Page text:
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5 ways to stay warm while camping in the cold

You know already about the biggest myth about Australia? “It’s always crispy hot and sunny?” Yeah, I don’t think so! This morning it was 4 degrees (Celsius) in Perth and it’s officially spring in this part of the hemisphere.

Rugged up in front of the heater or cuddled up at night, I’m not complaining (maybe just a little) as living in a house makes weather so much more bearable. But as I said, it’s spring which is the BEST time to watch wildflowers along the Western Australian coast. Yet, the two and a bit hours drive north is just that much too far to visit national parks only for a day trip. Which brings camping back into the discussion.

Now I said living in a house is great; a fact you’re sorely reminded of when you’re camping. Last weekend we ventured north again and only with a bit of preparation the chilly nights don’t turn into a nightmare. Here my pearls of wisdom:

1. Avoid camping in the cold
This sounds obvious. If you plan a camping trip, regardless of where you travel to, research temperatures instead of simply assuming that it’ll be alright. Chances are, it won’t! Misconceptions exist. A Sydneysider recently told me about his planned adventure to Uluru in August where he wanted to camp with his family. Uhum, really? Yes, it’s the desert, but did you at least take one look at the average minimum temperature in Alice Springs? Yep, told you so!

2. Avoid the wind chill
If you, like me, can’t follow the sound advice above because the local attraction of, let’s say pretty little flowers that only blossom once a year, lures you out into the cold then keep in mind where you camp. Any protection you can find will help a great deal. See, our van is a wonderful windbreaker. It doesn’t have to be particularly windy as even a little bit of a breeze can send you shivering. Last weekend Thorsten took at least half an hour (it felt like hours though, I must admit, but hey no judgement here!) to park our van for the night so that it protects us from the breeze.

3. Be prepared
Munching on our dinner, sipping on our wine and enjoying amazing sunsets is why camping is so much fun. As soon as the sun sets, no matter how well you park your van or place your tent, IT WILL GET FREAKING COLD. The only way to combat this is to put on layers and layers of clothes (which you should have brought). Jumper, jacket, hoodie and blankets – anything goes and by 6.30pm we were rugged up like little mummies.

4. Use the early escape
Despite the layers of clothes and blankets by 9.00pm the temperatures were so unbearable there was only one escape: we all went to bed. Yes, it sounds pathetic, but given that you sit in almost complete darkness and it’s nice and quiet around you chances are you’ll be sleepy anyway. Also, cuddling up in a tent or van sound terribly appealing, doesn’t it?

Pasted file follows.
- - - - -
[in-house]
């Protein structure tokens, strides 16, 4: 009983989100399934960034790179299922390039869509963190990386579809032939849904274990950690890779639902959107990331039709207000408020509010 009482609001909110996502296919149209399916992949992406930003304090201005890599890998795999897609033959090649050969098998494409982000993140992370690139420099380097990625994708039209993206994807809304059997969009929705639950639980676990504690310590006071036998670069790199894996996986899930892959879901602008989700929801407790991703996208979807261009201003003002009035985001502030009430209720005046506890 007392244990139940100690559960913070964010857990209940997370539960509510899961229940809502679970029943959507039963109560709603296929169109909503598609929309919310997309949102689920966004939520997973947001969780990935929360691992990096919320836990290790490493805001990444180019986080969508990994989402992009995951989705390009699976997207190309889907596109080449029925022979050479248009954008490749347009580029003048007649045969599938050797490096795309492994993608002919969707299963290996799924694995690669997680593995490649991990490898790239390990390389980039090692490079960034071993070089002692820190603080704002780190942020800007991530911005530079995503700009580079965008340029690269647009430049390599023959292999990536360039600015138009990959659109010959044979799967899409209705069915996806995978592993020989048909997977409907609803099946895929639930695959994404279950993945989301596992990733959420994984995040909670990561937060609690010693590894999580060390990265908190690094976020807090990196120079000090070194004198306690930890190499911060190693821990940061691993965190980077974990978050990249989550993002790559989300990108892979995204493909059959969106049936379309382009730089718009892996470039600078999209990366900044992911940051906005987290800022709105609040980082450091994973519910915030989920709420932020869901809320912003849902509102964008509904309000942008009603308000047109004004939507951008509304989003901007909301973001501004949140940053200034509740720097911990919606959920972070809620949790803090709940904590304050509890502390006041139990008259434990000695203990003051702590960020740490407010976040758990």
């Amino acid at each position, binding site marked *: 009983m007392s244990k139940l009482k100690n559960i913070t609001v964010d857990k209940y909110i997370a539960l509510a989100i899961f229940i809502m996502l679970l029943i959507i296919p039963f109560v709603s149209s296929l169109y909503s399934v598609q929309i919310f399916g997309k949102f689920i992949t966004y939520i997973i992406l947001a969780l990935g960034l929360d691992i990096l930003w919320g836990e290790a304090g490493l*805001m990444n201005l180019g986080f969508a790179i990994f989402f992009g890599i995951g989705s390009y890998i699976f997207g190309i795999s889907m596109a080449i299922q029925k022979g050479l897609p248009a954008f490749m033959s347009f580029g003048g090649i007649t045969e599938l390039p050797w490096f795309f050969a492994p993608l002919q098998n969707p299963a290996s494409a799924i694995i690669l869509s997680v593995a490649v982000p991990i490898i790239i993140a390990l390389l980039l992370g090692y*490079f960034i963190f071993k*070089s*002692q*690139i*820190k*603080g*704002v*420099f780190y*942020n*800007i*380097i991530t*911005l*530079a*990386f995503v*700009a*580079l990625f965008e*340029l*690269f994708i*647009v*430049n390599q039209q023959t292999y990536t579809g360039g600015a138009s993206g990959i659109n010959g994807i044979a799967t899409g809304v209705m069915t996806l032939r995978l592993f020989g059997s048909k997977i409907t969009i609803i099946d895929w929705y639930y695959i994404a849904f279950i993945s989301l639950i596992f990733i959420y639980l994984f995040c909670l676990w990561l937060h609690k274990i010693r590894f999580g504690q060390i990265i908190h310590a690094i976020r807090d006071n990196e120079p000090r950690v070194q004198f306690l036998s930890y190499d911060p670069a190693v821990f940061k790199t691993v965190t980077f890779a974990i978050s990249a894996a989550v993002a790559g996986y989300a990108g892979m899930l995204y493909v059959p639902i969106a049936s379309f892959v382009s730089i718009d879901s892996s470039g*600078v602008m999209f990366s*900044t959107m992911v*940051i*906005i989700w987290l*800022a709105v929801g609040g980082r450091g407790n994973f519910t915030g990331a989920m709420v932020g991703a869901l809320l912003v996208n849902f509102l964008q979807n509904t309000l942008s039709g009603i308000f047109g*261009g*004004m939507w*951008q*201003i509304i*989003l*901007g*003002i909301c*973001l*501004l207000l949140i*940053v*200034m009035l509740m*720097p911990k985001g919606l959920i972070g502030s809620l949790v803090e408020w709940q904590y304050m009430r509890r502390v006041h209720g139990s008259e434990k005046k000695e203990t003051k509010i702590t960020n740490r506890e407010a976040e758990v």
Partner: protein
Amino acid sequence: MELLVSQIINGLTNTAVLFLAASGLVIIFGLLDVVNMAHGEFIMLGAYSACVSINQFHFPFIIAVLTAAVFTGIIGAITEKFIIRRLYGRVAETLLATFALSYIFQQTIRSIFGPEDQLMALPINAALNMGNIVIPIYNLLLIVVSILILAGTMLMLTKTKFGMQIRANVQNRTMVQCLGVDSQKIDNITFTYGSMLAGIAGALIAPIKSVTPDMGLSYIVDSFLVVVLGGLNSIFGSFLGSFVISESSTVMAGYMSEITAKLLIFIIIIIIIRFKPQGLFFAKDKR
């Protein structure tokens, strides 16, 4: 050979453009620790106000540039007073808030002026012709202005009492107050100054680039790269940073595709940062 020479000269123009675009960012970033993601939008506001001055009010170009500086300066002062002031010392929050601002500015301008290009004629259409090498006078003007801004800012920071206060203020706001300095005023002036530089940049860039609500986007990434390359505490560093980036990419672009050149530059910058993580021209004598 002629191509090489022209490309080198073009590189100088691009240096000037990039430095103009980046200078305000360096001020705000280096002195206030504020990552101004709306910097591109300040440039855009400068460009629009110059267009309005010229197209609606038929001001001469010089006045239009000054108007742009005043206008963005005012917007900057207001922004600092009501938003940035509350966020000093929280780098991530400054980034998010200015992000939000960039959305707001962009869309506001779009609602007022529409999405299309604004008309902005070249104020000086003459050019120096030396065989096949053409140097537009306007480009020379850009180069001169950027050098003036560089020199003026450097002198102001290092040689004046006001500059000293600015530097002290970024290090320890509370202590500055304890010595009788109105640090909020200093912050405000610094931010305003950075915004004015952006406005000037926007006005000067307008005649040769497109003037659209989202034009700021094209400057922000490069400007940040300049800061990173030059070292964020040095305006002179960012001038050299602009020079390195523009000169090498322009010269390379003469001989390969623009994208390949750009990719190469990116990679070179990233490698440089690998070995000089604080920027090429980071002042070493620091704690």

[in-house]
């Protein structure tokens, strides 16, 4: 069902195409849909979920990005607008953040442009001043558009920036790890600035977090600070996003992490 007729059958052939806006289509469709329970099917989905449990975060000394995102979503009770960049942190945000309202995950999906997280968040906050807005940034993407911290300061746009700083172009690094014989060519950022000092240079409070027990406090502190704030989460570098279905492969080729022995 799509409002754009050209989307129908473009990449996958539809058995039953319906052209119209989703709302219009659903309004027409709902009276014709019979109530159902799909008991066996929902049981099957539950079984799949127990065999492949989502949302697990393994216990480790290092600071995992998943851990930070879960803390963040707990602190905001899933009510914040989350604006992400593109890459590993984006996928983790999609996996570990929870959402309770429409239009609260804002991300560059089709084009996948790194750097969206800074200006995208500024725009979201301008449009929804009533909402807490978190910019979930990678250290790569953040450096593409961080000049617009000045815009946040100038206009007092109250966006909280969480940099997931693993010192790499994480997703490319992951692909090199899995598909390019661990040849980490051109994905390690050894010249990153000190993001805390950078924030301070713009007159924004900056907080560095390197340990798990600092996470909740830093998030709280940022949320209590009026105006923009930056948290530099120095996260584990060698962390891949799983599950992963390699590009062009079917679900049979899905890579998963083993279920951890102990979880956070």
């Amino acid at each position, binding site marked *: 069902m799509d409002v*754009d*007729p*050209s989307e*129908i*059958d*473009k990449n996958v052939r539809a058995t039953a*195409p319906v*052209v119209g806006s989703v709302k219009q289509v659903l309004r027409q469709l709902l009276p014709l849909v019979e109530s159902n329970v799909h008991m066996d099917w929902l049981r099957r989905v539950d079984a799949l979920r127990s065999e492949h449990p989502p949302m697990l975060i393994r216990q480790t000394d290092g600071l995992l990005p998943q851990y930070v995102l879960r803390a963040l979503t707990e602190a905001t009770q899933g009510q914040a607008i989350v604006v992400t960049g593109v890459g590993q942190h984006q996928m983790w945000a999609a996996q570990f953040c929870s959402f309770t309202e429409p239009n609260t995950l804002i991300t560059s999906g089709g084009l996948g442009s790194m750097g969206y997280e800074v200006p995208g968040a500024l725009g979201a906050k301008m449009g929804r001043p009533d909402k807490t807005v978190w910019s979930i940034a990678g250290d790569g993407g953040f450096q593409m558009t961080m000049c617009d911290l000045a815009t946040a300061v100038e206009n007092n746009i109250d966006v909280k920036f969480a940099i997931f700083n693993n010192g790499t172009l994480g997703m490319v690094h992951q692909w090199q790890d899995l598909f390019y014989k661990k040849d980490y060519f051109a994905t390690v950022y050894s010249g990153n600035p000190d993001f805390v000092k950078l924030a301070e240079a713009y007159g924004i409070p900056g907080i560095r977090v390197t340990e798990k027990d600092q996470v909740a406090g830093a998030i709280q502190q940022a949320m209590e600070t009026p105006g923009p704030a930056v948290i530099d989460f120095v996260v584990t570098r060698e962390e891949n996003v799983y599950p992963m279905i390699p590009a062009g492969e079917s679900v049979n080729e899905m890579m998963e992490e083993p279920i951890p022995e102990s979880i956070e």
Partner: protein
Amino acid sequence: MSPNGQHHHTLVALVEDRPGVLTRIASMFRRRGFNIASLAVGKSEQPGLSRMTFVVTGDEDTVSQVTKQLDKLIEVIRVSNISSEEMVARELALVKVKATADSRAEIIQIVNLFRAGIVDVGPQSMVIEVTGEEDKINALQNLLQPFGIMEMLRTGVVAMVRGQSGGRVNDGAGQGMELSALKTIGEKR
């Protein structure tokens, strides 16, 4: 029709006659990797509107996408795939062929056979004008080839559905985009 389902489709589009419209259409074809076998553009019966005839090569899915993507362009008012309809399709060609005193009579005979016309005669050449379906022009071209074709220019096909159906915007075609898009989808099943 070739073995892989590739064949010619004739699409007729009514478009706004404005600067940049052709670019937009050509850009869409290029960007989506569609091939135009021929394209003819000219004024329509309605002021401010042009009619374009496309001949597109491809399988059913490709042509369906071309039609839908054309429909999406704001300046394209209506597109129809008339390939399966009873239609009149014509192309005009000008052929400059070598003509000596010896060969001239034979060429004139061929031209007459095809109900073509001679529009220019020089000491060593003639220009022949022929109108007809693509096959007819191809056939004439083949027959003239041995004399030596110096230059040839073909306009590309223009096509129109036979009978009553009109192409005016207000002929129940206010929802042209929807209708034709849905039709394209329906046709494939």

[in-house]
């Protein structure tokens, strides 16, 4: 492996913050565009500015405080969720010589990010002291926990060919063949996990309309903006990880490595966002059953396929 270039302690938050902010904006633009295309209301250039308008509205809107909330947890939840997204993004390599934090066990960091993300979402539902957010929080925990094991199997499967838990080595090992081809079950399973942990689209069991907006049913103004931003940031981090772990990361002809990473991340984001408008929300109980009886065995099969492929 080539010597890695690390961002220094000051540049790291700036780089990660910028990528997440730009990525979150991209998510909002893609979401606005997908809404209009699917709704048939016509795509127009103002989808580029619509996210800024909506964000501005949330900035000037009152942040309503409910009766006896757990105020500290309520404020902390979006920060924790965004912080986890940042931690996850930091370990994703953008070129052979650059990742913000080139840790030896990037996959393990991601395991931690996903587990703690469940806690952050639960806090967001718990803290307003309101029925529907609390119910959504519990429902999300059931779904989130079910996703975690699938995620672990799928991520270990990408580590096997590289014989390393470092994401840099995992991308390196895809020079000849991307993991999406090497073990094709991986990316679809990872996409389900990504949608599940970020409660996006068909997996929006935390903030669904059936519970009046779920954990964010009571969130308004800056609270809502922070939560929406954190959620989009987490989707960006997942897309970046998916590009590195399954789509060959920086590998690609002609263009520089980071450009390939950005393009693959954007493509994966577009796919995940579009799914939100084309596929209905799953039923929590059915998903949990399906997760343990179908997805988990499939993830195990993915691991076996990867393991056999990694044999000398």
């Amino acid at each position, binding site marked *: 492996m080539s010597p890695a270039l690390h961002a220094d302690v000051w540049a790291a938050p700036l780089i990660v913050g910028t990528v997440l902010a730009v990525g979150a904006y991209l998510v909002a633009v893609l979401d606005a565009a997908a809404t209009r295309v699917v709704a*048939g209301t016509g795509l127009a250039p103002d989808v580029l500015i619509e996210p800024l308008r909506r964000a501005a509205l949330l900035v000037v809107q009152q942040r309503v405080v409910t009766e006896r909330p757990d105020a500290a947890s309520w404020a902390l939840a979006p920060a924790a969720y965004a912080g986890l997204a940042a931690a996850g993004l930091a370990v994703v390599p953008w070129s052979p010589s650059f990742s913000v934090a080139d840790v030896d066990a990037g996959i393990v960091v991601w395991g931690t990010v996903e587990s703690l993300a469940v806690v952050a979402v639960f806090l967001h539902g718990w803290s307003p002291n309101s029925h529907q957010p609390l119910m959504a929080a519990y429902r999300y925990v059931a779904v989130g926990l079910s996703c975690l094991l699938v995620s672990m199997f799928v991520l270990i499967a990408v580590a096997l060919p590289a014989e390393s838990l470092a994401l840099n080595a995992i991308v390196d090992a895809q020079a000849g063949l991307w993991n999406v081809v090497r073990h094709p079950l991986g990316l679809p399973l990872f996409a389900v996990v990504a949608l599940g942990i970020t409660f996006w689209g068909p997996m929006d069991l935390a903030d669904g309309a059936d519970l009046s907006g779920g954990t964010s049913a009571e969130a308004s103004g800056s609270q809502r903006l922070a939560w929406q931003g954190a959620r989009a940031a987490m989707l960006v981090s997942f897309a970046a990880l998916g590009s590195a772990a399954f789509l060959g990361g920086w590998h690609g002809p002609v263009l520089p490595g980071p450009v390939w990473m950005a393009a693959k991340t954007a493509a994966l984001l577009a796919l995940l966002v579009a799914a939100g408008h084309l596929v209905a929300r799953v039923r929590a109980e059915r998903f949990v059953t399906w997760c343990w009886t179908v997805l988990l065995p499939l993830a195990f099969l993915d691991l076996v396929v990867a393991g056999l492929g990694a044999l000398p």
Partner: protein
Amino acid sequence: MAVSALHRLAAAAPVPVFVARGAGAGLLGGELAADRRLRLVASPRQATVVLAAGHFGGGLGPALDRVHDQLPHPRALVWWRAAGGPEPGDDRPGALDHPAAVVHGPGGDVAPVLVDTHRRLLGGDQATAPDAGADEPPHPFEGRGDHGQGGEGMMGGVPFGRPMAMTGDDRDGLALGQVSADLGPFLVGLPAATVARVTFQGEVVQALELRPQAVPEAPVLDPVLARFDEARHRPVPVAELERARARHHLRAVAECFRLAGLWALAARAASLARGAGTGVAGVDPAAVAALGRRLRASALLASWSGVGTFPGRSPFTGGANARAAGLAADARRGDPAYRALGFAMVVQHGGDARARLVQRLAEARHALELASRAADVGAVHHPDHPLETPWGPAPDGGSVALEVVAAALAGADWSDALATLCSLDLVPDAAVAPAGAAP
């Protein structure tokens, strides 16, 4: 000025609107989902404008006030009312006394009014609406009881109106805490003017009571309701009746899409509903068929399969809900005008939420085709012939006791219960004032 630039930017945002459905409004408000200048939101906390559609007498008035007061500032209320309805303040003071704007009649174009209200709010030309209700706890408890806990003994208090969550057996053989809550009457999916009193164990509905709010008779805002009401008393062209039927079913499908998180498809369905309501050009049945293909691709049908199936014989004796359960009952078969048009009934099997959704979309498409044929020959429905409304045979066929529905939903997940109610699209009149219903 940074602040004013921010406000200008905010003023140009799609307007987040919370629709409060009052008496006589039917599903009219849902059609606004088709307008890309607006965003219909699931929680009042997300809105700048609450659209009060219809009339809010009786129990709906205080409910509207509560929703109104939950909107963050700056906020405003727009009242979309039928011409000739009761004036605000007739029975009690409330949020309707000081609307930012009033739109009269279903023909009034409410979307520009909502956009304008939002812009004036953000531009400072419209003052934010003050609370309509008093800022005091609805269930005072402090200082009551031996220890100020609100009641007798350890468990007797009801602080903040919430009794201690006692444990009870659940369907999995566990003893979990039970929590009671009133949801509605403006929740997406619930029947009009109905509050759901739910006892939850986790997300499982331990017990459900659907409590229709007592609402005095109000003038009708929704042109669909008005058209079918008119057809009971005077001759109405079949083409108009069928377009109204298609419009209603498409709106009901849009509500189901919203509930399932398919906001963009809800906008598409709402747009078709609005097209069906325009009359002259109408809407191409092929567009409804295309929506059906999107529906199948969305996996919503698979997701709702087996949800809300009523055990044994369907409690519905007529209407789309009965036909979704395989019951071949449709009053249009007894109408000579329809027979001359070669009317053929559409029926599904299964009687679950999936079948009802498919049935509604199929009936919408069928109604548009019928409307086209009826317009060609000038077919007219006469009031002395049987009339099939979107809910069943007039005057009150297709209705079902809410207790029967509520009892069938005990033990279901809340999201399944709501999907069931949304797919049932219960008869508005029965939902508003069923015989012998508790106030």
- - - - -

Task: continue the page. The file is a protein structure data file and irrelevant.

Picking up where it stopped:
5. Use your sleeping bag properly
Now, if you’ve never slept in a sleeping bag before you need to understand that if you crawl into your sleeping bag with five layers of clothes on hoping for a good night sleep YOU WILL BE COLD. Sleeping bags only keep you warm if you slip in with minimal clothing. I know, a bit counterintuitive, but your clothes will insulate your body temperature so that the padding of your sleeping bag can do nothing for you. However, just a sleeping bag may not keep you warm either, but you can put additional layers ON TOP OF YOUR SLEEPING BAG like blankets, towels or clothes. That’ll guarantee you a cozy night….that is only if the additional layers on top don’t slip off, of course.

Have I missed anything? How do you keep warm at night when camping?

6 Comments Post a comment
  1. “if the additional layers on top don’t slip off, of course” Yep- I can sing a song of that one.. 😉

    • I had you in mind when I wrote that…so sorry!

      • Ah-don`t worry. I`m glad to give you food to write..
        A nice campfire can also warm you up..assumed it is allowed… 😉

  2. Strip off to get in your sleeping bag, but put your tracky daks, and hoody etc underneath your pillow. That way if you do get cold in the night, or have to go outside for whatever reason it’s easy to find. And can save bringing two pillows.

    And always plan for it to be colder than you think.
    The coldest I’ve ever been was night 2 into our drive from Perth to Adelaide, staying on a marsh in cocklebiddy (one of those tiny towns on the nullabor) and we only had city track pants, jumpers, no layers to speak of. First big town we stopped at we bought winter clothes and thermals. Lesson learned.

    • Oh yes, putting it under the pillow is a great idea. It warms the clothes up too so you don’t have to pull ice cold gear on the next morning…VERY good thinking!

  3. Good advice for avoiding a cold tush, save for the moments where a tush need be exposed. 😉


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